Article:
Read out the Christian Message, to all whom we passed by.
And when the music of the band would in the distance fade,
They marched onto the rhythm of the ‘Churches Lad’s Brigade.’
Later in the ‘Post War’ years we had the scouts and guides,
Their enthusiastic trainers marching smartly by their sides.
St. James Church Procession would further wind its course,
With THE Stalwart Mothers Union, turning out in force.
Some mothers young, but some were old, and some were very old,
They’d spent a lifetime working, their religion to uphold.
The Procession still was incomplete, we had another section,
The Sunday School Of Worsley Mesnes, in organised perfection.
They joined us with their Banners, every child a joy to see,
And the ranks that followed, just like ours, proclaimed their Loyalty.
Together we would make our way to St. James’s Vicarage,
There on the lawns we’d sing our thanks, for Christian Heritage.
And after the Procession, from the Cricket Ground,
The voices of the choir, and congregation would resound.
I’d look up at the towering Mills of Eckersleys and Browns,
Then to the tower of the Church which Poolstock village crowns.
Reflecting on the families, who, mighty in their day,
Had built the school, and then the church, for us to learn and pray.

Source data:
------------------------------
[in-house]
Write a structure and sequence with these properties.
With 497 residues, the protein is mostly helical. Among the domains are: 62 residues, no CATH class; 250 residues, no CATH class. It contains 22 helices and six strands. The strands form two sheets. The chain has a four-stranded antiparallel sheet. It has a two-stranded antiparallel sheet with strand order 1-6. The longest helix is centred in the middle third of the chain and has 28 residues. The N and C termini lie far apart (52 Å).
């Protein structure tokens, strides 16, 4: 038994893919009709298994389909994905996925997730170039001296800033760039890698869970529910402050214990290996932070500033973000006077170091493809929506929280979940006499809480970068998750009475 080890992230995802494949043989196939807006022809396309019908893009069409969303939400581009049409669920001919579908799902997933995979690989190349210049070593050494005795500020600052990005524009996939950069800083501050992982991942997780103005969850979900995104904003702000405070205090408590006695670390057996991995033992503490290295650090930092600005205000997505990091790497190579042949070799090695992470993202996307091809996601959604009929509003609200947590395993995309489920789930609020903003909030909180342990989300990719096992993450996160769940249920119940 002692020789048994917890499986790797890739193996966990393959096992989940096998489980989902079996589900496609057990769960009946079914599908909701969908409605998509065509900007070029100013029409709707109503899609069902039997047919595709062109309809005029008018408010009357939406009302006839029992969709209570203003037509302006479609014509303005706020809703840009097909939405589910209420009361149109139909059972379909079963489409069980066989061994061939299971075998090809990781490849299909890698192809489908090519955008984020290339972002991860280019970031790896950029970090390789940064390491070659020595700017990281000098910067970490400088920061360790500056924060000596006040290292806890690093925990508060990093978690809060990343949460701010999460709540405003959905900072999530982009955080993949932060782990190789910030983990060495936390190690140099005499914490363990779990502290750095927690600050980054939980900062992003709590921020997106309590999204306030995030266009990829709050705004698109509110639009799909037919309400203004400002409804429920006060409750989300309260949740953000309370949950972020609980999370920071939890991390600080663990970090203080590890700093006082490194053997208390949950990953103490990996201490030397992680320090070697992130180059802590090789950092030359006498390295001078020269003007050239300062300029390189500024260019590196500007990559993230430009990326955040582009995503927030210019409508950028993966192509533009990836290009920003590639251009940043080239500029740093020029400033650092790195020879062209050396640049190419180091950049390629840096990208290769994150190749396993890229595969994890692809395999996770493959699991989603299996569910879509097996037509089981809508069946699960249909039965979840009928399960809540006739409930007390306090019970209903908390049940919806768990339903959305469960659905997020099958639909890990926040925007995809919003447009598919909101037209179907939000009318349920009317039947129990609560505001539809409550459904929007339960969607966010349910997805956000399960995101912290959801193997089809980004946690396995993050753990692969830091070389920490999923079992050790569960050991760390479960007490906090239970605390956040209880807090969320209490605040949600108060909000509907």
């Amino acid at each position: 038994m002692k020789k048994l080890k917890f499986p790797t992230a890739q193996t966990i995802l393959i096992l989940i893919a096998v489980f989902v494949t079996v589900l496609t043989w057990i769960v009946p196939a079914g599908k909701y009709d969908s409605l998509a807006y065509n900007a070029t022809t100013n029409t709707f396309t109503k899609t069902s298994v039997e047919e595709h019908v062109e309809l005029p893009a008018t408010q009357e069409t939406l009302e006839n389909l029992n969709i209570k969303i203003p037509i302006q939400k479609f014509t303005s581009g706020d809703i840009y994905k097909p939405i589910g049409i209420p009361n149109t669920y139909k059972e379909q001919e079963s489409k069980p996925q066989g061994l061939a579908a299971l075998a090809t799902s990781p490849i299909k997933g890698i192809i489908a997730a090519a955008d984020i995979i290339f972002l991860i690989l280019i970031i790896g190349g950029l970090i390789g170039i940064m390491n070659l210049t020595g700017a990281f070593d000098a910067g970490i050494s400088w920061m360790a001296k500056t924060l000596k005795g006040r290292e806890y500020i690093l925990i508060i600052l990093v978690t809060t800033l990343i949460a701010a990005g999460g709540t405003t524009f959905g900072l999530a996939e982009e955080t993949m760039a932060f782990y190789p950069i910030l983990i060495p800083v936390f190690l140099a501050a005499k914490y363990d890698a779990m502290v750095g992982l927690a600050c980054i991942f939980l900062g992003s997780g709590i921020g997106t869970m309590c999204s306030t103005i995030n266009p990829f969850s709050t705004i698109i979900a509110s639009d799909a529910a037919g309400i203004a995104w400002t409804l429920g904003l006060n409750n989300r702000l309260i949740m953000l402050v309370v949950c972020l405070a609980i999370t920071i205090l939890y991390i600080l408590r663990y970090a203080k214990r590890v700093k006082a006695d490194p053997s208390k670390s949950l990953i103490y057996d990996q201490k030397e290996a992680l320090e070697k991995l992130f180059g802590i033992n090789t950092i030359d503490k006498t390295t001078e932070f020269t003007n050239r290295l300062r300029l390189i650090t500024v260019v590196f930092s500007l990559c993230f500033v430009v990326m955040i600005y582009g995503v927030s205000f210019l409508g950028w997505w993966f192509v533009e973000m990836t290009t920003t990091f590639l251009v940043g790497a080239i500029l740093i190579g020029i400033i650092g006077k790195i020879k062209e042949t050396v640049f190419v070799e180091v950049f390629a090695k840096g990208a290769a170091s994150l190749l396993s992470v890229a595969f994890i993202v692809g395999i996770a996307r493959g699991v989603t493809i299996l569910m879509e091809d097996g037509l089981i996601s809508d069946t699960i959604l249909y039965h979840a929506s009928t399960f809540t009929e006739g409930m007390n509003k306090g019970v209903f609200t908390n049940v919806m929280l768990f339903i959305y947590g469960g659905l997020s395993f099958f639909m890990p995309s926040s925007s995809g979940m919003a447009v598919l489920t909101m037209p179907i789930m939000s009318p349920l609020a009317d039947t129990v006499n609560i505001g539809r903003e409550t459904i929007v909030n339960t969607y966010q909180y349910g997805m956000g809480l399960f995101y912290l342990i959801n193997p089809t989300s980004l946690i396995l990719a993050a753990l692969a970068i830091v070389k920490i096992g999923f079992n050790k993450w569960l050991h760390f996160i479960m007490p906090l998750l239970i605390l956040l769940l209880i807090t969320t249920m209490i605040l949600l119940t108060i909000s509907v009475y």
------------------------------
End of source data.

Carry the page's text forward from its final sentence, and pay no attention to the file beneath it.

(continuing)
I’d see the blackened chimneys, Did they send a message down?
From the ‘Long-age’ mill workers, who had toiled to earn their crown.
Did they whose plaques the chapel held, and the workers unrenowed,
In spirit join us as we prayed, upon the cricket ground.
Sometimes we had to shelter, from the summer showers,
Then we would crowd into the church, adults, children, and the flowers.
This, my most poignant memory, the rain its grace bestows,
Therein, a Heavenly Perfume, predominent the Rose.
I’ve yet another memory of a special Walking Day,
When to walk ‘Under the Banner’ our mother said we may.
By attendance we’d earned places, though the ranks she much preferred,
My sister and myself, were for the banner then, prepared.
We wore dresses of white needlework, Mauve ribbons threaded through,
My sister held a ‘Steering Ribbon,’ which was of Royal Blue.